Monday, December 31, 2012

It's Been A Good Year

Just calculated my return for 2012: 13.86%. Just a little bit better than S&P and worse than 15.9% of Nasdaq Composite. Well, the price you pay for little safety... I'm happy with the result anyway.

Happy New Year!

Well, I was wrong. We don't have rally, not yet. Well, today started just fine, but before that we had a week and a half of losses. @#$%^& politicians.
Never mind. I am optimistic for the next several months. And pessimistic for the whole 2013. Unless there is a big increase in government spending, economy is going down. Just look at this chart (taken from
For those, who still remembers most the important equation MV = PQ and doesn't have any ideological blinders, it tells a lot. There is no real recovery in our economy so far. Velocity of money is still falling, it's at the lowest point since Fed started following it. If not for QE (1,2,3, infinity), we would have deflation right now. But QE is not enough. Fed is pushing on the string. Credit money has one big problem: it needs two parties. Somebody has to take the credit, even if it's given away for (almost) free. There is only one entity which can so it: federal government. You can complain all day long about government expansion, how it infringes on freedoms, how it changes structure of economy (always wrong way, according to libertarians), but this picture tells us more than a thousand words: without government intervention, this economy is going down. Hard.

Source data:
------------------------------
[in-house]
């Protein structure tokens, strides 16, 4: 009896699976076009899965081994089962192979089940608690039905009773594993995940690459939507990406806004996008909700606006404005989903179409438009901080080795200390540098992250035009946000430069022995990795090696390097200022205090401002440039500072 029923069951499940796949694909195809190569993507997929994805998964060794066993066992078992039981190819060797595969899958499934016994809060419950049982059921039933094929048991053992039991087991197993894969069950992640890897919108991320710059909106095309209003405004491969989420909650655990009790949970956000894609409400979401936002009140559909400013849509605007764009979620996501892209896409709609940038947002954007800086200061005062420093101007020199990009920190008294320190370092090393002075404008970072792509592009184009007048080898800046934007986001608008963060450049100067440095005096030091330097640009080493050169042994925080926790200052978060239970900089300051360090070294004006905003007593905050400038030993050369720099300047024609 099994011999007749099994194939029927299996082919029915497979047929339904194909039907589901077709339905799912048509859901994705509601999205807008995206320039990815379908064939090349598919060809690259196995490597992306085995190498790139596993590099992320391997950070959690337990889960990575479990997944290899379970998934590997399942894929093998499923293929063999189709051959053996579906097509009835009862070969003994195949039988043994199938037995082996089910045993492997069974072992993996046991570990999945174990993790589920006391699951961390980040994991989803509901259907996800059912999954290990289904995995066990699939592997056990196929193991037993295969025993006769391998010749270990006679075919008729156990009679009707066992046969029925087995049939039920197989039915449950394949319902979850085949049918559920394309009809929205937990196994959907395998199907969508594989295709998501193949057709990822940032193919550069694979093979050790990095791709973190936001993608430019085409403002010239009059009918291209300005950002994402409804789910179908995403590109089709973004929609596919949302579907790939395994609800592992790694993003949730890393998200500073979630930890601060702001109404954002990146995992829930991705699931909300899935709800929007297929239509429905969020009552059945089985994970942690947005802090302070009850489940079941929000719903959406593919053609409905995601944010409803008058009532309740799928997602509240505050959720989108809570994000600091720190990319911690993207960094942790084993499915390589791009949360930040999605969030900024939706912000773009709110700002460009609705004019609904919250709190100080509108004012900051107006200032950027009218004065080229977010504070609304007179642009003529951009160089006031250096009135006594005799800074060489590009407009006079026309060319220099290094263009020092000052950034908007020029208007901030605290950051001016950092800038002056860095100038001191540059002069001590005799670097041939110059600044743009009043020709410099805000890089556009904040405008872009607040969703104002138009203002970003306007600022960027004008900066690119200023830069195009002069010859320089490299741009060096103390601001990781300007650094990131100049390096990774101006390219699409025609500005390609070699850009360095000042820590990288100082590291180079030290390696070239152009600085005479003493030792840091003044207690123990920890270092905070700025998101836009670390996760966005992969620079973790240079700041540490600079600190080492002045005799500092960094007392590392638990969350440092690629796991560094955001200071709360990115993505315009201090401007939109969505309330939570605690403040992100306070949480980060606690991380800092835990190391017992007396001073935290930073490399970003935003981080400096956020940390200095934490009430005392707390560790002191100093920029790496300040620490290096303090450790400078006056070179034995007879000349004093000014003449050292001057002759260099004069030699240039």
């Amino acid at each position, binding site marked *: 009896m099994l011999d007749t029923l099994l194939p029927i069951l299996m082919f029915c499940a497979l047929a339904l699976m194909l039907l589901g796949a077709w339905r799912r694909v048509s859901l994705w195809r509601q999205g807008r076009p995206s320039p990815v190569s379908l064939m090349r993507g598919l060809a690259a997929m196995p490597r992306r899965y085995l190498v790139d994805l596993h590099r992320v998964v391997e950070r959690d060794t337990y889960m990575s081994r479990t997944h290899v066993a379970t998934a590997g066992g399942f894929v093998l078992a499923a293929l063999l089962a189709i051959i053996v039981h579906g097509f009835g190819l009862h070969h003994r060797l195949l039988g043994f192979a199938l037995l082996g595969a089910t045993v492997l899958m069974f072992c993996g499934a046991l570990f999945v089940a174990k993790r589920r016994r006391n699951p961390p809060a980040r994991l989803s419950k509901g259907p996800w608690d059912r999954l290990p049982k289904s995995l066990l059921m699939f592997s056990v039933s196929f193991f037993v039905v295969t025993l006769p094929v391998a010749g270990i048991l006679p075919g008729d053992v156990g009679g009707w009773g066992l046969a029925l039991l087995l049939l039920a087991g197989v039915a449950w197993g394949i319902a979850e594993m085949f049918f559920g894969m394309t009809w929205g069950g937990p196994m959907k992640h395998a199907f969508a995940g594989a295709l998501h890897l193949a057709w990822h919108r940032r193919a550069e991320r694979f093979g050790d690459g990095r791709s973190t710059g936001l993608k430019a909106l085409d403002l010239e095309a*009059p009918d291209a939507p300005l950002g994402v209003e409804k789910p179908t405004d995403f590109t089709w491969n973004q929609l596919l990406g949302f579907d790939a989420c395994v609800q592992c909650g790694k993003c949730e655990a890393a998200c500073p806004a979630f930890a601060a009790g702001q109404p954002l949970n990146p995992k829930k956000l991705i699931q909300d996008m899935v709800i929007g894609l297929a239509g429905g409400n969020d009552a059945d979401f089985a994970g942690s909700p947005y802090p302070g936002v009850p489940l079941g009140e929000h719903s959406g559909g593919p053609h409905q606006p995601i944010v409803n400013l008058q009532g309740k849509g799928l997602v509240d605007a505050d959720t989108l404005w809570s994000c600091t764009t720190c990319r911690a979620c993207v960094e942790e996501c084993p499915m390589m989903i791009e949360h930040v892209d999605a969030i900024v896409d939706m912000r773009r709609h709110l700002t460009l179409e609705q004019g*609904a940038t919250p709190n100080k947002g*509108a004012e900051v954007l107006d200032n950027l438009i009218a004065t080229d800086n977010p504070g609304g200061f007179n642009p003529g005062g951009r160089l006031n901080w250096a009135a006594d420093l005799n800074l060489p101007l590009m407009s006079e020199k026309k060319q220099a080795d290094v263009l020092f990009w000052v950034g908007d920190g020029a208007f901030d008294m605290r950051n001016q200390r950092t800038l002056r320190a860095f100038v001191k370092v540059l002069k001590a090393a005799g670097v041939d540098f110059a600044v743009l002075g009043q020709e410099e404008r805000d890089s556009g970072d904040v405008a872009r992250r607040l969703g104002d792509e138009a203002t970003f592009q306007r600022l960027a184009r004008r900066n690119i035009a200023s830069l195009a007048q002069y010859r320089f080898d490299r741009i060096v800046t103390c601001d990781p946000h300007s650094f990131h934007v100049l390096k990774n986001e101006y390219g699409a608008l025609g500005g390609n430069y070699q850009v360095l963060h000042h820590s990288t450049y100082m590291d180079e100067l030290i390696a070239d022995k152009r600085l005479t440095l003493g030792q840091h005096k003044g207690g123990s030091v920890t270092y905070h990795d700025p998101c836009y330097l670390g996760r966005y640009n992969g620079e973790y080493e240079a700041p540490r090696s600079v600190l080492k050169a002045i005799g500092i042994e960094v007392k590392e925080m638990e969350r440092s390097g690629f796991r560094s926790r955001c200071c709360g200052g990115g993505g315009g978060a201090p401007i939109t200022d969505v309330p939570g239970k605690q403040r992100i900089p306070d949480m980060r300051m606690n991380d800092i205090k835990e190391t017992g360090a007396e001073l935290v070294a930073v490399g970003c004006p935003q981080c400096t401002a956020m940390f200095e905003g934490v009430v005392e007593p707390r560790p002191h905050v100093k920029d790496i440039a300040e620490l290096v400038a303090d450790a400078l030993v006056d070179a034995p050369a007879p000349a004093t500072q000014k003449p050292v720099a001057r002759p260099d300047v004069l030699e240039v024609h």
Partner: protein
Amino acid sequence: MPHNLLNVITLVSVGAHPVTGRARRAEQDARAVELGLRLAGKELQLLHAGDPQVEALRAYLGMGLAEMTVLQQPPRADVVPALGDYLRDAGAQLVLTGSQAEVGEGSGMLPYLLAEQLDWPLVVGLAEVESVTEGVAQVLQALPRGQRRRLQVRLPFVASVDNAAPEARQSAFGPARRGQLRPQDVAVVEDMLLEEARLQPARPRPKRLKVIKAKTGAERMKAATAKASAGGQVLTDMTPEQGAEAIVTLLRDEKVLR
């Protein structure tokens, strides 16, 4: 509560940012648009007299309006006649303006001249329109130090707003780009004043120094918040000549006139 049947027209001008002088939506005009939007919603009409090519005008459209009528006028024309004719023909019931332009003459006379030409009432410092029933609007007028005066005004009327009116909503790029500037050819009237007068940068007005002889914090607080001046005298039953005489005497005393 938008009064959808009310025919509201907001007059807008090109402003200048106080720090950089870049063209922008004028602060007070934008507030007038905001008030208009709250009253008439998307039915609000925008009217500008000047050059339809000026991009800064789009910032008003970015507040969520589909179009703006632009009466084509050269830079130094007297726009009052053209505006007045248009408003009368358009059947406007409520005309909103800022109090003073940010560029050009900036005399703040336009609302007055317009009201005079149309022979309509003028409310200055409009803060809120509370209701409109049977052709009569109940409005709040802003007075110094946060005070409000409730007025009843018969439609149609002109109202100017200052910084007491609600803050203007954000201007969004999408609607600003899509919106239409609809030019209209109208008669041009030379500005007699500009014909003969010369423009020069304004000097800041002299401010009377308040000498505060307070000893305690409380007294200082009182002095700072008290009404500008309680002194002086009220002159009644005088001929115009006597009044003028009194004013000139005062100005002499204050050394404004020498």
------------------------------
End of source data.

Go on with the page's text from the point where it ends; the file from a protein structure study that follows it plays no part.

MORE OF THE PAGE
I am going to enjoy coming rally and trim some of my positions in the first quarter. And probably move more investment to Europe and Japan. Politicians there look more flexible. And it's all about politics now.
Anyway, happy New Year to all my readers. Even with gloomy forecast, I wish you happy and profitable year.

Thursday, December 20, 2012

New Year And After

Reverse head and shoulders pattern worked beautifully. Market is up, as it should be in December. I feel good, but my thoughts are about future, as usual.

Fiscal Cliff is on our thoughts. I am actually very pessimistic about it. Yes, I'm sure it will be resolved. It will not be resolved soon, but it will be. But I don't believe in a good resolution

Obama is completely pissed off by 2011 debt limit crisis created by GOP from nothing. He doesn't show it, he behaves as a big politician (unlike most of GOP kids), but I can feel it. I understand this human emotion, but it won't lead to any resolution fast enough. Fresh from election victory, he will press for maximum.

GOP is full of themselves and don't understand the size of a hole they are in. They tried to start negotiations from position of force, which they don't have. Because if negotiations fail, Obama can always point a finger in their direction.

But the biggest problem is in any possible solution. Because only Bernanke and some Fed governors truly understand the size of the crisis. We are truly in Great Depression 2.0 (just read my blog from 2008-2009), and there is no easy exit. The only true cure is time. But struggling patient (economy) can't survive without some life support, which comes from two sides: Fed and Government. Fed provides unlimited credit when we are balancing on edge of disinflation if not outright deflation, when government spending helps to keep this credit in play. And any possible solution legislated by Congress and signed by President is going to cut government spending, instead of raising it.